Image via: www.flickr.com/photos/blaugra/211233265
Adrian Ho at Zeus Jones has raised some interesting questions in the past. Lately, he has posited a hypothesis for this decade's "theme."
His excellent post today on interconnectedness as the motivator for this decade makes a lot of sense. As he points out, there are countless examples of the ways in which we are more overtly relying on one another. From media to motor vehicles, society seems to be moving in the direction acknowledging our mutual and infinite connections to one another.
This movement certainly gives me hope for my family and our place on the planet, but is this a new development or simply the wave from a ripple created long ago?
Interestingly, last night, at a dinner-table discussion with my 86-year-old grandmother, we touched on this exact topic. We talked of her experiences growing up during the depression in a small West Texas town. One of the takeaways from that conversation was the notion that people made do with less and banded together to ensure they all survived.
In addition, I recall a Bill Moyers interview with author Richard Rodriguez, which suggested the United States has a fundamental cultural contradiction. To poorly paraphrase Mr. Rodriguez, we have a "pronoun conflict" -- "we" celebrate the "I."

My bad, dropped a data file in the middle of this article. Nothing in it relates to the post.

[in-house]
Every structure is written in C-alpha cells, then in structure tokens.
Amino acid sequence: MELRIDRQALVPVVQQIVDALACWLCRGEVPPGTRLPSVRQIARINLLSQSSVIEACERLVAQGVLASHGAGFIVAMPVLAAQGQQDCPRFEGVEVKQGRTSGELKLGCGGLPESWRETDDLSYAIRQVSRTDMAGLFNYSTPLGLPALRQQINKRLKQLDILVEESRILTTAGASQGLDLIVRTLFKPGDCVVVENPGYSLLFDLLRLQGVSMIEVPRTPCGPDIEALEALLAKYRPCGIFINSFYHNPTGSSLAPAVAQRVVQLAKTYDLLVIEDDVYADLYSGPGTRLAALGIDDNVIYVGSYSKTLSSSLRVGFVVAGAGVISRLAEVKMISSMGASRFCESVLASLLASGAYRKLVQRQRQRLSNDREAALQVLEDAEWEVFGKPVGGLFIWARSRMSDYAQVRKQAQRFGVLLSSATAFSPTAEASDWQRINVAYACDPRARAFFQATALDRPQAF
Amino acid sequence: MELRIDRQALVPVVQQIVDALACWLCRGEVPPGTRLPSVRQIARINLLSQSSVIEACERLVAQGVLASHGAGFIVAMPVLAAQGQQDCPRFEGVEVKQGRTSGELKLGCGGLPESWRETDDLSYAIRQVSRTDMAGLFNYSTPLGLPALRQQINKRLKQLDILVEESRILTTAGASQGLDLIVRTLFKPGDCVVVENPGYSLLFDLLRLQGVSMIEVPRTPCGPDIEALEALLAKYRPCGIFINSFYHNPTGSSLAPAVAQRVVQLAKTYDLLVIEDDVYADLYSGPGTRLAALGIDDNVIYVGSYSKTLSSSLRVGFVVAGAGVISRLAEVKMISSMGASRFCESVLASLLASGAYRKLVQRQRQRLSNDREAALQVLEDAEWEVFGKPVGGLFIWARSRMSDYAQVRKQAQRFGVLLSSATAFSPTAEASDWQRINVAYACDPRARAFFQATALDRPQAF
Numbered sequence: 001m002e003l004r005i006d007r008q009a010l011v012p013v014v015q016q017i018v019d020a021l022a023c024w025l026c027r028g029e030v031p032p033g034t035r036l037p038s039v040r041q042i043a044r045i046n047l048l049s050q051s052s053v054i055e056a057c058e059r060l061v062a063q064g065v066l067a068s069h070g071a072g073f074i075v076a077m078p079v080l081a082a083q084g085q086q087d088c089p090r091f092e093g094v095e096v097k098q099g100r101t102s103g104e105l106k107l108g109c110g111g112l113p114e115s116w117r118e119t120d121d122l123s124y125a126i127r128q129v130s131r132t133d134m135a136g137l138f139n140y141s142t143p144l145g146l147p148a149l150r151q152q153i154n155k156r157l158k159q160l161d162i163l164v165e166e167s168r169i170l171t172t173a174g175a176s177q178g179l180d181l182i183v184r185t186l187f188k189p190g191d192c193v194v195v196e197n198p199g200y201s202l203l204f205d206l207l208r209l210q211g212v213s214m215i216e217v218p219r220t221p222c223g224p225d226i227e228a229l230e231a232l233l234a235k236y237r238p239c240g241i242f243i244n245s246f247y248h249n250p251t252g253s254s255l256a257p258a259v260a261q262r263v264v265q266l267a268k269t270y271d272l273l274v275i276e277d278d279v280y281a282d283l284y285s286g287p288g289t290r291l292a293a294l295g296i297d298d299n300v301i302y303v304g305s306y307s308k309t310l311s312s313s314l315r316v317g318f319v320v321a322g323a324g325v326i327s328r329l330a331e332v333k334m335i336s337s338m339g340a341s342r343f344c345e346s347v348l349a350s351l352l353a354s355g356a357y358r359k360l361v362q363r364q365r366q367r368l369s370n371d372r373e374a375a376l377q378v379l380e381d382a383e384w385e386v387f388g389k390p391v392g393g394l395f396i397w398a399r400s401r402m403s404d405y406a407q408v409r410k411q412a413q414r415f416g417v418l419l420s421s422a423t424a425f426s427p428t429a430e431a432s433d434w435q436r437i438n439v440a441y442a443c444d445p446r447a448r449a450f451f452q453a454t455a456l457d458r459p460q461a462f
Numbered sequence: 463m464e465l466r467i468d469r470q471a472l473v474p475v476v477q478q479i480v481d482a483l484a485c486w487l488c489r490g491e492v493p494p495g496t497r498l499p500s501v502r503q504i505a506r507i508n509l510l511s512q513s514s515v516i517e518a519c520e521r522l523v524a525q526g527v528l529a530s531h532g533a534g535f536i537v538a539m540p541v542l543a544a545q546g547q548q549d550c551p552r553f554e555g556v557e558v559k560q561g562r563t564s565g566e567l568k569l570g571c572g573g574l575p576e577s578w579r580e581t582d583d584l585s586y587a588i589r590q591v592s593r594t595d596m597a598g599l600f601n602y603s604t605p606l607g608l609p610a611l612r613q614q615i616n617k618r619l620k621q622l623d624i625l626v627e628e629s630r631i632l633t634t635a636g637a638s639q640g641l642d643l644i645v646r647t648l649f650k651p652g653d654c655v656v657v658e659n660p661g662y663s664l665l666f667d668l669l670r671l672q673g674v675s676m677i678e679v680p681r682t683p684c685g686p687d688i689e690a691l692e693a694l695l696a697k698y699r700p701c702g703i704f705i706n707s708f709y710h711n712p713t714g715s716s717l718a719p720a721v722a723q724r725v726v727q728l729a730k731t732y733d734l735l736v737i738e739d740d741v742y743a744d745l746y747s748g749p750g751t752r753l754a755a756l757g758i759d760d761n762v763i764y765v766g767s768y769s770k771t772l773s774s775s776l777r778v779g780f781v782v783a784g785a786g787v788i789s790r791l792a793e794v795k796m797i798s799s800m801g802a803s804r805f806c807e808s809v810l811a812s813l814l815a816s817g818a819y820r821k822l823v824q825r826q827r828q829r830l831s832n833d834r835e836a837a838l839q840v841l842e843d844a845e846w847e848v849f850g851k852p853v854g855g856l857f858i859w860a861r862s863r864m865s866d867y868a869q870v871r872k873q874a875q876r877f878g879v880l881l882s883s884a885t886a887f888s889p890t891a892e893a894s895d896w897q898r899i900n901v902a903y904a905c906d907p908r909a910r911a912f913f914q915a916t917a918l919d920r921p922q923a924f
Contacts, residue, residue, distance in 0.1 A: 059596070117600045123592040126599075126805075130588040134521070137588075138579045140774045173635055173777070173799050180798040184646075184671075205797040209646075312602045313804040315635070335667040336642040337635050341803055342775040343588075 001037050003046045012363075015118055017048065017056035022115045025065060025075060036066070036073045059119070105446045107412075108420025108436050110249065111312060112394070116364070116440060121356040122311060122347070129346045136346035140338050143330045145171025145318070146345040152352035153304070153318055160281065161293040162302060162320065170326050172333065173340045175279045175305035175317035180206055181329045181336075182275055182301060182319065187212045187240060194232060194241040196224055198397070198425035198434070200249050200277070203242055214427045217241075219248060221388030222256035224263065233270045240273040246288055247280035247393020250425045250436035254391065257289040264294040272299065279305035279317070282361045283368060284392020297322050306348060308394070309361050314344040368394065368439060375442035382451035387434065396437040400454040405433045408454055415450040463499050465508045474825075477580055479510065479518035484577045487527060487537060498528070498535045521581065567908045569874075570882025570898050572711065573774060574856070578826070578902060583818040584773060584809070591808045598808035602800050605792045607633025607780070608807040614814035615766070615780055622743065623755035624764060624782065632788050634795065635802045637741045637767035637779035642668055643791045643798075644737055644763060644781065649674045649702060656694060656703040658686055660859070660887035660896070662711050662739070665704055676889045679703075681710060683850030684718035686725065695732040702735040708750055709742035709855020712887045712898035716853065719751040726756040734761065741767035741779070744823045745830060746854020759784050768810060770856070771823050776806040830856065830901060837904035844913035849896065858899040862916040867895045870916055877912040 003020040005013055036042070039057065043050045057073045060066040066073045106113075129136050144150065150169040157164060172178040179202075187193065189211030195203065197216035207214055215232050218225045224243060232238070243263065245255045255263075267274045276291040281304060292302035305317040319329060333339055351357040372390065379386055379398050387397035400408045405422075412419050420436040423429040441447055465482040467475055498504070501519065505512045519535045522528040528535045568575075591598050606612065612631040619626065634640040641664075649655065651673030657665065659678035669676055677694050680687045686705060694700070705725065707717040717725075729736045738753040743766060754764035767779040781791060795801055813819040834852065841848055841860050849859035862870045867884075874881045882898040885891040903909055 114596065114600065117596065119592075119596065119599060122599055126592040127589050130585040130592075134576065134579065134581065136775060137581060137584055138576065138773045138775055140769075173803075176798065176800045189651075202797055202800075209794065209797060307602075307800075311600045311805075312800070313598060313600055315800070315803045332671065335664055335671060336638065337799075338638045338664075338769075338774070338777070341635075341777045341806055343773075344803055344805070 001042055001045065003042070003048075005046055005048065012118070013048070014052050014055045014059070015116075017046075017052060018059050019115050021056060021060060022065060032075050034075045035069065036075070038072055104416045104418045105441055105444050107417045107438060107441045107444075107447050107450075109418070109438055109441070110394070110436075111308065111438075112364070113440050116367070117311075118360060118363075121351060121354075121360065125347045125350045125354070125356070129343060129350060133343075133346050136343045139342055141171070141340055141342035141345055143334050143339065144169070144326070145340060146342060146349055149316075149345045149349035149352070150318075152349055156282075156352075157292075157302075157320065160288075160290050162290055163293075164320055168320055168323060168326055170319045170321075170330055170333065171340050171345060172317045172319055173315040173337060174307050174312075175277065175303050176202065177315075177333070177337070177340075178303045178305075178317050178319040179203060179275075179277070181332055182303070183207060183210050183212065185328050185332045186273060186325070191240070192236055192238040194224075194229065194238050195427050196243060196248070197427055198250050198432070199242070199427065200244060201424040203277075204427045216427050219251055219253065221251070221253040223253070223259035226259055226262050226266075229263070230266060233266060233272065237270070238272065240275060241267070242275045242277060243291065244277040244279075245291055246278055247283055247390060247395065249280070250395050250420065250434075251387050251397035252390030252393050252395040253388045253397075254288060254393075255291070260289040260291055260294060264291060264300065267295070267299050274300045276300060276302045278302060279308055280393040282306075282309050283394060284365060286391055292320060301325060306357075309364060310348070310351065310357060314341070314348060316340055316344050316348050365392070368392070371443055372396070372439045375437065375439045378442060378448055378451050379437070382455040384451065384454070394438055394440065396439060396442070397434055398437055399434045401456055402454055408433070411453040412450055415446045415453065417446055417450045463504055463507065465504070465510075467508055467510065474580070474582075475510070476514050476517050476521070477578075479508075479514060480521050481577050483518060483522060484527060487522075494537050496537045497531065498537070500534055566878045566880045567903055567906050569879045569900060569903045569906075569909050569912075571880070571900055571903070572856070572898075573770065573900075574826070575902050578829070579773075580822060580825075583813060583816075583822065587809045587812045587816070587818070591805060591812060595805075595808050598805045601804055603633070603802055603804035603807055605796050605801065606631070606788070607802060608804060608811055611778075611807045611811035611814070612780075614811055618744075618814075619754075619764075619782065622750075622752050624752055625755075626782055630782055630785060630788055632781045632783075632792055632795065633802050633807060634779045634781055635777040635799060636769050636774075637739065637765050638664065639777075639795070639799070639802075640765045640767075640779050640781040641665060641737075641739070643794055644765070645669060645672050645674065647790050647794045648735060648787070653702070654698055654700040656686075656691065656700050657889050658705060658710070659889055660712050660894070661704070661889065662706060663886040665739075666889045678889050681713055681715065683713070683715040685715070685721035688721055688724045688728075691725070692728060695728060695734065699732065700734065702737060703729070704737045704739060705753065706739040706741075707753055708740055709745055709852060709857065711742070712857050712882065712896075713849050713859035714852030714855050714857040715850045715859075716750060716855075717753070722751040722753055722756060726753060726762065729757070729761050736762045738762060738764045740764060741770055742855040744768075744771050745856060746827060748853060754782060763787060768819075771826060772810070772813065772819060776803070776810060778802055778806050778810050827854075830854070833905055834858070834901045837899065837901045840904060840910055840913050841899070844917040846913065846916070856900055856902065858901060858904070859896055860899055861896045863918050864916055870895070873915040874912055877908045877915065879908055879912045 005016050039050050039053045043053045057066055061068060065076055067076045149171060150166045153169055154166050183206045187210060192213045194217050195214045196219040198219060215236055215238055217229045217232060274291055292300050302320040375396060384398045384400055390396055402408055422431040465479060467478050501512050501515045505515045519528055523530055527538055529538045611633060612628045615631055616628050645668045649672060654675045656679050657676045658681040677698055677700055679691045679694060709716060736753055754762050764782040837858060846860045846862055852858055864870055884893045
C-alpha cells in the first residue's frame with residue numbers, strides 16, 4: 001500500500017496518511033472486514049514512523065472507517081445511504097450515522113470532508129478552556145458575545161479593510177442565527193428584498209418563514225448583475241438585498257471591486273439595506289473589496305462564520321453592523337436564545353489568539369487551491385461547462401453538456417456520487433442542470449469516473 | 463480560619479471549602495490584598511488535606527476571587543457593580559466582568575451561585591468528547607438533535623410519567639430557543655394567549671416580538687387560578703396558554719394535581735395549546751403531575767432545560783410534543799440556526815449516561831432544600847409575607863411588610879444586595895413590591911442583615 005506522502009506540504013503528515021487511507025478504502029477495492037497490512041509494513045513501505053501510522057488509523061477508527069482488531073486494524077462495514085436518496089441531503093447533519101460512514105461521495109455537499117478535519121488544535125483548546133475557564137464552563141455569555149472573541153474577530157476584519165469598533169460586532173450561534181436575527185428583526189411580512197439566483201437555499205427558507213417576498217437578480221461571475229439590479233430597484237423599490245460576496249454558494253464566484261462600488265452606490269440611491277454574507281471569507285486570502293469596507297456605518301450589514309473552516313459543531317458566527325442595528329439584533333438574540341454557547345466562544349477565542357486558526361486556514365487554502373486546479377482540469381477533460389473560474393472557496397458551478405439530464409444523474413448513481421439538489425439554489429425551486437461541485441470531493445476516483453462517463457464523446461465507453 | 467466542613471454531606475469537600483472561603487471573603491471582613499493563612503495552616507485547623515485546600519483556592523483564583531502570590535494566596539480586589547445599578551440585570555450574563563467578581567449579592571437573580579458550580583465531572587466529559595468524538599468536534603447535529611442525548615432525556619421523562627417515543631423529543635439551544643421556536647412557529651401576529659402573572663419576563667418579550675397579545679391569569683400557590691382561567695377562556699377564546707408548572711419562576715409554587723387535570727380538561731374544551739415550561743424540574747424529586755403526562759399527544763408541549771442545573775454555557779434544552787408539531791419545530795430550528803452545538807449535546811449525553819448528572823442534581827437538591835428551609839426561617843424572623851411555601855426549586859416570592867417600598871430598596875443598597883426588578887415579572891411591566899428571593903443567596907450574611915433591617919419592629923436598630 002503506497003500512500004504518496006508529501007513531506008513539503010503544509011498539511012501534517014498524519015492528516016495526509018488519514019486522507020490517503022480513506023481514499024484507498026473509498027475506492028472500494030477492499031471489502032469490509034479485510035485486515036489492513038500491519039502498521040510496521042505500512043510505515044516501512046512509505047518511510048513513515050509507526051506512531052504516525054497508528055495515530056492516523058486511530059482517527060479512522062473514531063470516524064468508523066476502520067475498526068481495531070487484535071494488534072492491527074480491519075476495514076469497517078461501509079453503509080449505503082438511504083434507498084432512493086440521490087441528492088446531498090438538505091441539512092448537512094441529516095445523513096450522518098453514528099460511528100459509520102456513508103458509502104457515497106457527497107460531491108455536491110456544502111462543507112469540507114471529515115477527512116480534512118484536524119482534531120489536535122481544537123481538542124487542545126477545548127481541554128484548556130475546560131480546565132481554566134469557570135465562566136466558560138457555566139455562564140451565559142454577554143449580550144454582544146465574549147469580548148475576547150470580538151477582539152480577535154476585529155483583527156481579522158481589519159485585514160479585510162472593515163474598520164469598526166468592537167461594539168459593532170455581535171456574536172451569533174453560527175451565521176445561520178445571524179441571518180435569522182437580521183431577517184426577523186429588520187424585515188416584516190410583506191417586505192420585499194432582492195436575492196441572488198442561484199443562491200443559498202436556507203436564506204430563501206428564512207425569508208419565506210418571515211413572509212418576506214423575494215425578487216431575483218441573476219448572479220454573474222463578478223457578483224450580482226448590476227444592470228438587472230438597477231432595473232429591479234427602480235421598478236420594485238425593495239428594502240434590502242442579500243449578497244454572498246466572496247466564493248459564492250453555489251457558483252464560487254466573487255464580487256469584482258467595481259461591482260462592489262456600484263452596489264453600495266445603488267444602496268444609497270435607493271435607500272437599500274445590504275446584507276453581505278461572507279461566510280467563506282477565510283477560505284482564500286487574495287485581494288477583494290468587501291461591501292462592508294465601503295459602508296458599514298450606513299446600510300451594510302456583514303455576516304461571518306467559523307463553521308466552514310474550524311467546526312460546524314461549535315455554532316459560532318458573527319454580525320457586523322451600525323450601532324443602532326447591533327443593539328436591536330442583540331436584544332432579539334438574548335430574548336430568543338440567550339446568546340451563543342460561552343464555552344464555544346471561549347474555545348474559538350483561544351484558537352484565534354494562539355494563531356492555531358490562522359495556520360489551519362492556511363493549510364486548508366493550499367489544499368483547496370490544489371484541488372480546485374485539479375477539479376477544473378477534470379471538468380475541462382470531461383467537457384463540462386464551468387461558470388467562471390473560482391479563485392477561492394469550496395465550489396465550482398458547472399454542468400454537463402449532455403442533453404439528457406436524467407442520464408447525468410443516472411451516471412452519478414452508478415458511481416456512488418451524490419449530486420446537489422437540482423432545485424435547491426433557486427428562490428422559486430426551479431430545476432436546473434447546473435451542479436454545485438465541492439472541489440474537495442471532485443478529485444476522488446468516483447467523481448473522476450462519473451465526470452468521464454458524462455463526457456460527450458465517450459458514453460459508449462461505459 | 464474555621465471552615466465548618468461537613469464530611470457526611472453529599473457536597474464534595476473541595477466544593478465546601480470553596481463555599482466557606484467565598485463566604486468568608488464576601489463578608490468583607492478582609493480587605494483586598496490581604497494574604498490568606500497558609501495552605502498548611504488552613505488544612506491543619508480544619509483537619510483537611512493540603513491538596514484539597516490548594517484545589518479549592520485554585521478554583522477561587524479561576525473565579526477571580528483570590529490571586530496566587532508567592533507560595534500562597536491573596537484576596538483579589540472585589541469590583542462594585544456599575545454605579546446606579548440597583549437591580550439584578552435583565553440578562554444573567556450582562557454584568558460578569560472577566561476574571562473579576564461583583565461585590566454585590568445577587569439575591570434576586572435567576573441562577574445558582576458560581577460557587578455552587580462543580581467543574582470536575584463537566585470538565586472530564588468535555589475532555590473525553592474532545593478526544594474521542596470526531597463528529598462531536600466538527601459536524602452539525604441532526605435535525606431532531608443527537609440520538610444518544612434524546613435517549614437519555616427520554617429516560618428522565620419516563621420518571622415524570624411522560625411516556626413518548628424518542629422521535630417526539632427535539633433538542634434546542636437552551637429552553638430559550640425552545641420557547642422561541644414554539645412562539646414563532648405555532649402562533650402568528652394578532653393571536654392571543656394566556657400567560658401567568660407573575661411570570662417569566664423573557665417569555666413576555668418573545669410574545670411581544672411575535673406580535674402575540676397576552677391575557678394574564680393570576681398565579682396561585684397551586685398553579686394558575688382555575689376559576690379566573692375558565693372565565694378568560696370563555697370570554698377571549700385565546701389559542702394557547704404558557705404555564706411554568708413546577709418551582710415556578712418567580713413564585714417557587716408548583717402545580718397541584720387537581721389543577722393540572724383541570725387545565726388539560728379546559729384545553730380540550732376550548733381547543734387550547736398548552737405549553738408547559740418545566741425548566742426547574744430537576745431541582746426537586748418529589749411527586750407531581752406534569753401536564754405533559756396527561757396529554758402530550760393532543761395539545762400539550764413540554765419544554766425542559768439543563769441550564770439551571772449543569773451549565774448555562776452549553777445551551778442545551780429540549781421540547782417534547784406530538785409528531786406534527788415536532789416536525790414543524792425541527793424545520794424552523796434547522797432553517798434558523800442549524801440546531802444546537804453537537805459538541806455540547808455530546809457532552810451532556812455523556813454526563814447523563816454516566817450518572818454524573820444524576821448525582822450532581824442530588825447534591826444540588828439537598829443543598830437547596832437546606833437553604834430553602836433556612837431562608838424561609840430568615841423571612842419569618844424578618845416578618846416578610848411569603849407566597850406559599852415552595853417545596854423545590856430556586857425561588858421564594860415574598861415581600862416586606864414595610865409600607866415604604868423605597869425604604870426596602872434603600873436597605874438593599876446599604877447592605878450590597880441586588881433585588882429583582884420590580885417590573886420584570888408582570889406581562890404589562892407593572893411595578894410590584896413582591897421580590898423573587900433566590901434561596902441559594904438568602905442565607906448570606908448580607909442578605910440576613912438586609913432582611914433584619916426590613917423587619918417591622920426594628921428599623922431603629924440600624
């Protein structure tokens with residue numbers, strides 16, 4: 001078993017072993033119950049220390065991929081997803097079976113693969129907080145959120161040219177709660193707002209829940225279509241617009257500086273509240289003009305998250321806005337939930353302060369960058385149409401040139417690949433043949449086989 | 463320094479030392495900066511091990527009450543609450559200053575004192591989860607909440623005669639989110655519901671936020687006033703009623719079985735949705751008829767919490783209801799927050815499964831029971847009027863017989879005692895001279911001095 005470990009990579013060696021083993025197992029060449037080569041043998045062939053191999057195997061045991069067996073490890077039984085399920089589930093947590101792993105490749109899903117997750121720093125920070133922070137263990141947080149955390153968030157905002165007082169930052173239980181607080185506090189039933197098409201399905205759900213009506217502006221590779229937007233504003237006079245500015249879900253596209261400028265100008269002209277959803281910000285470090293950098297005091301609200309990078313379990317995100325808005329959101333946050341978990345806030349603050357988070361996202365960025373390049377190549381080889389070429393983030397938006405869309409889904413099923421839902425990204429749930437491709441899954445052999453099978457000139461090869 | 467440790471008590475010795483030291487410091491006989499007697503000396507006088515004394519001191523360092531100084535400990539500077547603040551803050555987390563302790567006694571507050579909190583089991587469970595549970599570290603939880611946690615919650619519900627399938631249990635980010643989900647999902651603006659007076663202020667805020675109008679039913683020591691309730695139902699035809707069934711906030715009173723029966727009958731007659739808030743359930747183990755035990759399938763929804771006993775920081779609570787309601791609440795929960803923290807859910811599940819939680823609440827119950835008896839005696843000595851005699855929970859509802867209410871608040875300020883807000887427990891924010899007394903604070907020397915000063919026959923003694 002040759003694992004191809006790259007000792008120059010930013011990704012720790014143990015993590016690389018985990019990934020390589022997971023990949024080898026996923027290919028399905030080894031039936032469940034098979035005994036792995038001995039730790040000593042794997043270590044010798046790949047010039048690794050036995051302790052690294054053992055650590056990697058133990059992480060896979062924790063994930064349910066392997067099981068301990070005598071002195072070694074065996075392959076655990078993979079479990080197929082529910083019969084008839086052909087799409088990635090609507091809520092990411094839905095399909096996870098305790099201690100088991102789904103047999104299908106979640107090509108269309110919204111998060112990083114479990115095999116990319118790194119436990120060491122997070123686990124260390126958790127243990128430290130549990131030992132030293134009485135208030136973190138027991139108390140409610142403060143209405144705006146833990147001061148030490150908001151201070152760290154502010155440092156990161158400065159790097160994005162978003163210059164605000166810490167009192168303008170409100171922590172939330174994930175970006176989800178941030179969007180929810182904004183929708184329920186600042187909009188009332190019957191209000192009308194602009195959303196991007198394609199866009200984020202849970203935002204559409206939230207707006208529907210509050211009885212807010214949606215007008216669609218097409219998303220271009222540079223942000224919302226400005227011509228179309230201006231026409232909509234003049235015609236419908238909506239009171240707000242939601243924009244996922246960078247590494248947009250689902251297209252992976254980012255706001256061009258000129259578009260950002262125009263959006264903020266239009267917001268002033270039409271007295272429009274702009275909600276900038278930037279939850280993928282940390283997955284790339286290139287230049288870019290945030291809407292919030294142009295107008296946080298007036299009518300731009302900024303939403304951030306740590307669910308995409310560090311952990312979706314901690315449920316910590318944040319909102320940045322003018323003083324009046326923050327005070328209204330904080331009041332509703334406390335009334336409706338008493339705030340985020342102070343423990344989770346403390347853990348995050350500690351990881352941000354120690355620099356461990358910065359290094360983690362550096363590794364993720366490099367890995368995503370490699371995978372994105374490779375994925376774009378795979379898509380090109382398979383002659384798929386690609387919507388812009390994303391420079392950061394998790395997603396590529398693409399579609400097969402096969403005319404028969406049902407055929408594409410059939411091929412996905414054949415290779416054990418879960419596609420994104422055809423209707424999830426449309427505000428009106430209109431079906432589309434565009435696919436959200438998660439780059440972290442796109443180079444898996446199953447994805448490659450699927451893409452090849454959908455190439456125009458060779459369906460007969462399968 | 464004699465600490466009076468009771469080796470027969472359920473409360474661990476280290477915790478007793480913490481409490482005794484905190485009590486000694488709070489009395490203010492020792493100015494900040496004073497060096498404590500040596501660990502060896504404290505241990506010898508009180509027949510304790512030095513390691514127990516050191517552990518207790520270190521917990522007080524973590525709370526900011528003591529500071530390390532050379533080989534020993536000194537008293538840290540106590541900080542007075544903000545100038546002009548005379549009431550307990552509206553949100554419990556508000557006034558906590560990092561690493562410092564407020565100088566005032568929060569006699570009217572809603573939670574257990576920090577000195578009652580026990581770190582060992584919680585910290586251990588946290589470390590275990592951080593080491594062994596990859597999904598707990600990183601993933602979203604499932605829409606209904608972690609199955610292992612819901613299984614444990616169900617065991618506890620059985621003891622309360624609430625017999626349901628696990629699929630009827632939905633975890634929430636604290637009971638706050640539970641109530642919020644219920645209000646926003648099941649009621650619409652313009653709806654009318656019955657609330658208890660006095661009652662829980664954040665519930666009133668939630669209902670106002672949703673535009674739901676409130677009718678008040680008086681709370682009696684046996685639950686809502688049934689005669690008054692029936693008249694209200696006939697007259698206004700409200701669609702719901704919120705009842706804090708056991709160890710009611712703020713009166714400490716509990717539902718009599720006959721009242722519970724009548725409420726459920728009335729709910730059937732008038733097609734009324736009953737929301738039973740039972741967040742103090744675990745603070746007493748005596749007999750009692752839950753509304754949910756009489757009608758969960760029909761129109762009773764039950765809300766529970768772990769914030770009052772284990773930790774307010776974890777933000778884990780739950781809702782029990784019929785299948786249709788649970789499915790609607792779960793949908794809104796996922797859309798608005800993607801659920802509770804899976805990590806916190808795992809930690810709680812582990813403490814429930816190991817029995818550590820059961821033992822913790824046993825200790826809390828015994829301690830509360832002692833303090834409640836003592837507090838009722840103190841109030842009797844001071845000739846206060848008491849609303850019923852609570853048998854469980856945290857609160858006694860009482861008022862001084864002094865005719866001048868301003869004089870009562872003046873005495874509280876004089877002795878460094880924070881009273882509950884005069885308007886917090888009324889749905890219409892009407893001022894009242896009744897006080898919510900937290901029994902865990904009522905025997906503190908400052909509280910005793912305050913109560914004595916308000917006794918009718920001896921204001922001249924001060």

The collective right to be self-determining.
The unity of individualism.
Rodriguez fears that this lack of tribal/communal support structures will cause continued conflict in the world. As I recall, this interview also contained a sense of hope for the future. The belief that this philosophy will change and the balance will shift back to a reliance on the "we."
Finally, in comments on the ZJ site, I echoed some remarks I heard at the AAAA Account Planning Conference this summer. Alex Castellanos, a Republican campaign strategist, predicted that the world would move toward an era of selfish altruism. He cited the works of Ayn Rand and made the example of barn raising in the early days of western expansion in this country. Castellanos felt that we would help each other in the expectation that assistance would be reciprocated. I'll help you raise this barn because I'm going to need help in a few weeks, too. Clearly a market-driven take on this movement.
So, is this enough evidence to confirm the trend? Is it a return to a bygone era? Selfish altruism?
Or, is interconnectedness the best description?
I don't know. Whatever it is, I find it inspiring (and much better than thinking about the financial markets).
Posted by Jakeybro at 10:32 AM